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Syracuse University, Boeheim Sued Over Fine Sex-Abuse Claims

Syracuse University and its head basketball coach, Jim Boeheim, were sued by two men claiming “years of sexual molestation” at the hands of former assistant coach Bernie Fine.

Robert “Bobby” Davis, 39, of Onondaga County, New York, and his stepbrother Michael Lang, of Oswego County, who both served as ball boys for the Syracuse basketball program, filed a complaint today in New York State Supreme Court in Manhattan. Fine was sued on Dec. 8 in Pennsylvania state court by Zach Tomaselli, who said he was abused by the coach as a 13-year-old in a Pittsburgh hotel room.

“The sexual abuse occurred in Fine’s office at Manley Field House, a short distance from (and for years, next door to) Boeheim’s office,” lawyers for Davis and Lang said in the lawsuit. “It occurred on team trips to other cities for away games, including when the team attended and participated in the Final Four; it occurred at a fraternity house on campus where Fine was a supervisor; and it occurred in Fine’s car and in his home.”

Syracuse fired Fine, who was in his 36th season at the upstate New York university, on Nov. 27 after he was accused of sexually abusing the two former ball boys. Onondaga County District Attorney William Fitzpatrick said on Dec. 8 that Fine won’t face charges related to those allegations because the claims are too old to prosecute.

Syracuse University

Scott McDowell, a spokesman for Syracuse University, said in a e-mail that the school is declining to comment on the lawsuit.

Ted Feeley, a spokesman for the Syracuse athletic department, declined to comment on the lawsuit. William Albert, a spokesman for Harris Beach Pllc, a Pittsford, New York-based law firm representing Fine, didn’t respond to messages seeking comment. Fine has denied wrongdoing.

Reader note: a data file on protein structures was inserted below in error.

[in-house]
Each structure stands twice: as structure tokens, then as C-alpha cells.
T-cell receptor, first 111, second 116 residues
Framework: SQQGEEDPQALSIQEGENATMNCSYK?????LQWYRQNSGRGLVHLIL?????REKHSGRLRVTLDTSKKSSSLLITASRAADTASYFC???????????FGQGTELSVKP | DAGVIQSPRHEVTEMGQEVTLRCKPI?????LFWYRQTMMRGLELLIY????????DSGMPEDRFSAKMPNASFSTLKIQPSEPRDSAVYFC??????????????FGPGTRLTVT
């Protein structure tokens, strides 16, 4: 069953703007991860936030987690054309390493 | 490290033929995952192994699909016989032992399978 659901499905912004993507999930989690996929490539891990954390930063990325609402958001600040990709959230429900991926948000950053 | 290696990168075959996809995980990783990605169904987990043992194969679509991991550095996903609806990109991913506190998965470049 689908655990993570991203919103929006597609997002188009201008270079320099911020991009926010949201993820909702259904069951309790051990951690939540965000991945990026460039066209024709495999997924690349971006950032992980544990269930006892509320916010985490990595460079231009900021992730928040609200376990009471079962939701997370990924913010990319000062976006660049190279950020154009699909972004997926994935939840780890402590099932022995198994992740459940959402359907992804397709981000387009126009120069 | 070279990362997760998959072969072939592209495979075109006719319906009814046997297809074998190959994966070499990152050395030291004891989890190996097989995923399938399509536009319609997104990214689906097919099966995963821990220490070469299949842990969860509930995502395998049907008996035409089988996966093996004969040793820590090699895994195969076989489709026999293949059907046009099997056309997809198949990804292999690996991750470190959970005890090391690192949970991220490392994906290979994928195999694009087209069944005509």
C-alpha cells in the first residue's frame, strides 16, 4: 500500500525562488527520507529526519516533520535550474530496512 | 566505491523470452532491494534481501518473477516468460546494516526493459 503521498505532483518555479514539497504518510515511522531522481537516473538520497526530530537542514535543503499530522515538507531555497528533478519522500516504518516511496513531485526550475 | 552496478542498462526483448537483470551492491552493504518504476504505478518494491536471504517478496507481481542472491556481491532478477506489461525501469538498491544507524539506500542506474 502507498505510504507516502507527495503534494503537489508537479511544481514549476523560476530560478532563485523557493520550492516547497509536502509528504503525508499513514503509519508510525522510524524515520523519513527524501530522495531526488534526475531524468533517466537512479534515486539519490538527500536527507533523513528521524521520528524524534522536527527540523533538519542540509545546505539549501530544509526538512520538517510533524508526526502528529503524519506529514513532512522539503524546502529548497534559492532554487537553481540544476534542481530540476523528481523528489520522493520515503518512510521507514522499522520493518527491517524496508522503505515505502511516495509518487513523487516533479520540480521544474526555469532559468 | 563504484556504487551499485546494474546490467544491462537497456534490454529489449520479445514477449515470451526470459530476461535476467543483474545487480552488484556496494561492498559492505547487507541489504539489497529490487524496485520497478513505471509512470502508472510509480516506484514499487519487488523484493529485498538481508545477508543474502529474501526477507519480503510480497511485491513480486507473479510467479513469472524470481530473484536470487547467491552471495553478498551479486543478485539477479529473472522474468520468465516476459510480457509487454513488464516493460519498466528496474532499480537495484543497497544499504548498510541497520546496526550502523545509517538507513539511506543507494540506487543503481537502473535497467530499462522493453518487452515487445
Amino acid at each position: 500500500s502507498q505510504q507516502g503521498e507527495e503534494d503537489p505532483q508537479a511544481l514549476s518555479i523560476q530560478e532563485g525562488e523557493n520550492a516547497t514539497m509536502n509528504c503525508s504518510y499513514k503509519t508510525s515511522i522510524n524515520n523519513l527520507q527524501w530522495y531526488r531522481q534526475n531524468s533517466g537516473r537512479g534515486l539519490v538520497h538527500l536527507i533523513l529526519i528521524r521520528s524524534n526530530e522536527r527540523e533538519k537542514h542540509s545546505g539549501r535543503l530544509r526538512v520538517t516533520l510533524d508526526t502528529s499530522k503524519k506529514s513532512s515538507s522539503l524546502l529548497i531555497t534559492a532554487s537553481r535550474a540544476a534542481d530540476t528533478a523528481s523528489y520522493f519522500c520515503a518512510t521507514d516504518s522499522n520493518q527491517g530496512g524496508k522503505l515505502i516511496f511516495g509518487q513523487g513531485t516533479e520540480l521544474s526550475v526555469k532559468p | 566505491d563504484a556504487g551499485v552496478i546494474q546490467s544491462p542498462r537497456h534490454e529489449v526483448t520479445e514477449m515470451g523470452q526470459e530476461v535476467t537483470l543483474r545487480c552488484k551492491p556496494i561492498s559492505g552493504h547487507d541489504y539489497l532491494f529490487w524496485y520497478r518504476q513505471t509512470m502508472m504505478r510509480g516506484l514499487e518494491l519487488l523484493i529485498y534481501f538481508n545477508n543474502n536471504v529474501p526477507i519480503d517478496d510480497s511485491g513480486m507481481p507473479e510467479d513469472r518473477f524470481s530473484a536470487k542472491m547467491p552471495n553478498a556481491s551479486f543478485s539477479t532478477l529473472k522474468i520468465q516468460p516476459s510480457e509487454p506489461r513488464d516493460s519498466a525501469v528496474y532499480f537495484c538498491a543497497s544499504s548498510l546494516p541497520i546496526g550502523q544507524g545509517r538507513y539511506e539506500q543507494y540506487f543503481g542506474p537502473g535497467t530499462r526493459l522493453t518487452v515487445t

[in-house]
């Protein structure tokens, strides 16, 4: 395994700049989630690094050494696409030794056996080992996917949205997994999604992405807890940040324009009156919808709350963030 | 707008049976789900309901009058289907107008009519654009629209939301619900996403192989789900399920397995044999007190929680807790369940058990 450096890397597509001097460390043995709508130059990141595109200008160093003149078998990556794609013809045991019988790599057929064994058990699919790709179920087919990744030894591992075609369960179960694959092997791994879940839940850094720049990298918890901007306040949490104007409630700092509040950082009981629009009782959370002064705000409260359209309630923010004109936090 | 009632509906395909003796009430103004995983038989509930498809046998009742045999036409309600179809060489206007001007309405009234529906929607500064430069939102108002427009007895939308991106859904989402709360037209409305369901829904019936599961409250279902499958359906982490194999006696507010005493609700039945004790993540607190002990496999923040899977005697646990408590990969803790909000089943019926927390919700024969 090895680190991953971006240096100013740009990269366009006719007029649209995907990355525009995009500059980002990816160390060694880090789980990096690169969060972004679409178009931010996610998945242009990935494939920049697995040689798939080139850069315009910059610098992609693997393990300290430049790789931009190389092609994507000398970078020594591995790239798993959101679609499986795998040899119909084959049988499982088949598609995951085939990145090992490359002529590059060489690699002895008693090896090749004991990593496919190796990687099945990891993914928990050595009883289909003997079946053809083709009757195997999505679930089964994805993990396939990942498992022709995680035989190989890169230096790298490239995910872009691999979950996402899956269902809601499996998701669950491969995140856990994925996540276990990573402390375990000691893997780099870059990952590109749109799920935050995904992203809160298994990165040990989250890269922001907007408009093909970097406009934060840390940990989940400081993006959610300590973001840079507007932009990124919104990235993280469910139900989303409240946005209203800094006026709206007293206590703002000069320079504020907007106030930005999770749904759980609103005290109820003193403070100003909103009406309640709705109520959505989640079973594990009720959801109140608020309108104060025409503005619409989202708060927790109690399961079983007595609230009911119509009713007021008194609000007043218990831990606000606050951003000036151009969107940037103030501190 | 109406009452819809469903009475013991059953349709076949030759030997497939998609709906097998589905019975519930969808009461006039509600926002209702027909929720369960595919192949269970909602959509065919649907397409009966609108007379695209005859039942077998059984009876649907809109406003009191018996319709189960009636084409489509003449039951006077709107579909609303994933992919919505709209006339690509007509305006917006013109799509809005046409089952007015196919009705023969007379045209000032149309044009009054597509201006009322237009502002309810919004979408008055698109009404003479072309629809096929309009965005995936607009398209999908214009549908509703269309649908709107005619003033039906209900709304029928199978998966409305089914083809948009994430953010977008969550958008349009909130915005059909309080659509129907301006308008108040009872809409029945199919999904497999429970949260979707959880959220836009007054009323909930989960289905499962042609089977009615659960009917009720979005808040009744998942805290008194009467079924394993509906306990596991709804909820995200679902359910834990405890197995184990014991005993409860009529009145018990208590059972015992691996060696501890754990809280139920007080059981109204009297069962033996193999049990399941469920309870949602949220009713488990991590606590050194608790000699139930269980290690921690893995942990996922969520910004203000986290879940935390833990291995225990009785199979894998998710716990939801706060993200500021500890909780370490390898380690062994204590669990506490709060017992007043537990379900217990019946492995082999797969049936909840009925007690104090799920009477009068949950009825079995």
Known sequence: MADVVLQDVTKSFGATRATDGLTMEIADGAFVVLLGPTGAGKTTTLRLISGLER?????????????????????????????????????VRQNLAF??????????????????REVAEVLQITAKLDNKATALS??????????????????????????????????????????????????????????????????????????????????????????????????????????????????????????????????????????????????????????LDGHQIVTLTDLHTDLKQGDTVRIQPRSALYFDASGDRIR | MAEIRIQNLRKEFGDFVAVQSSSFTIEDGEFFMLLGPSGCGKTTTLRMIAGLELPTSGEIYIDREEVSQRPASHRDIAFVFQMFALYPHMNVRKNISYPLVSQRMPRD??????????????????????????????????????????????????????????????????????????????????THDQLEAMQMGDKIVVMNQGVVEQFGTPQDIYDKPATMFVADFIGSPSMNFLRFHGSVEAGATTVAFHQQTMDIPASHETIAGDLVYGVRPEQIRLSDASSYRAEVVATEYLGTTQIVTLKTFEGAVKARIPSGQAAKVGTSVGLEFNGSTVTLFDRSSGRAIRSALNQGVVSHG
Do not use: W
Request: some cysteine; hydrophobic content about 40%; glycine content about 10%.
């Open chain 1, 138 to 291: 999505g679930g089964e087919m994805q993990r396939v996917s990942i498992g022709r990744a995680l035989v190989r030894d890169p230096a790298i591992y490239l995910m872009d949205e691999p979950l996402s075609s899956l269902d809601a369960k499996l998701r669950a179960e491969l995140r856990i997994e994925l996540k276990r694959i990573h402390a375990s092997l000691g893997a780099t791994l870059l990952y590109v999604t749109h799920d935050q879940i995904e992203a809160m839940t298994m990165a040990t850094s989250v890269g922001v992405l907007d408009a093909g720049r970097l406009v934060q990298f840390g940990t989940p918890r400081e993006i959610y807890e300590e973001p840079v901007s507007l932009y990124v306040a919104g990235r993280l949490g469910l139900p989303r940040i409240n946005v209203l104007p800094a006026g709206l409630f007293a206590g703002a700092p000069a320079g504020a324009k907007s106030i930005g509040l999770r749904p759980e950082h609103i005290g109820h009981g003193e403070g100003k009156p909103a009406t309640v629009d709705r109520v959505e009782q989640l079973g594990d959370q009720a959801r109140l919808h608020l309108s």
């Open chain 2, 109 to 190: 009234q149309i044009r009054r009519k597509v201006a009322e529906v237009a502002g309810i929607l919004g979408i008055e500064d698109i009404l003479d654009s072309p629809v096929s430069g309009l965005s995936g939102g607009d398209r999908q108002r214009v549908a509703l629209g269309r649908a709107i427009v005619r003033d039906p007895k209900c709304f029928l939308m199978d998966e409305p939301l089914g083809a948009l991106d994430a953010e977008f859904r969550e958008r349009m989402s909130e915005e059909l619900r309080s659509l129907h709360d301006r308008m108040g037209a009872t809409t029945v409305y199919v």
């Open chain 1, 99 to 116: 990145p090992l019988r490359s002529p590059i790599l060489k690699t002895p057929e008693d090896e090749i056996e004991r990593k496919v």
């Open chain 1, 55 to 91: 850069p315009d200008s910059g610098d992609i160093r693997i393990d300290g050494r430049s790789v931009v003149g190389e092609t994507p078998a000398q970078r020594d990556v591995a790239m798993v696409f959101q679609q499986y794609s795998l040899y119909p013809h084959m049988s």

Davis tried to report Fine’s behavior for years, calling Syracuse police in 2002, e-mailing Chancellor Nancy Cantor in 2005 and notifying both Walt Disney Co.’s ESPN and a local newspaper, according to the lawsuit.

The university started a probe of the allegations in 2005, yet the investigation was “conducted by a law firm that had a clear interest in ensuring the university’s spotless reputation and it quickly concluded that the allegations were unfounded,” according to the complaint.

ESPN Report

Before Fine was fired, ESPN played what the network said was a 2002 recording of a telephone conversation that it said appeared to be Fine’s wife, Laurie, speaking with Davis and acknowledging her husband’s behavior.

After the ESPN report, the university’s response, through Boeheim, was “swift and certain,” as the coach told members of the national news media that the men were “lying and just seeking a payday,” according to the lawsuit.

“Those public, official statements were not just false and defamatory,” lawyers for the former ball boys wrote in the complaint. “The statements epitomize the epic, years-long failure by Boeheim and the university to take even basic, simple steps to ensure that boys and teens -- who themselves dedicated countless hours of unpaid work to assist the team that Boeheim led -- would not be abused and victimized by a man whose power and influence flowed directly from the basketball program.”

Davis, Lang

Fine began abusing Davis in 1983, when Fine made him a ball boy at age 11, and also abused Lang, whom the coach met when he began delivering newspapers to Fine’s home, according to the complaint. Lang is 5 1/2 years older than Davis, according to the complaint.

“Throughout the two decades that Bobby Davis observed, including when Fine was an unmarried man, Fine consistently surrounded himself with boys, all of whom looked up to him as a basketball coach at Syracuse University, and who sought any opportunity to attend games or meet players through Fine,” Davis and Lang said.

Fitzpatrick said Fine likely would have been arrested if Davis’s allegations had been thoroughly investigated in 2002.

The lawsuit asks the court to order the defendants to pay special, compensatory and punitive damages in an amount to be determined at trial.

The case is Davis v. Syracuse University, 113967/2011, New York State Supreme Court (Manhattan).

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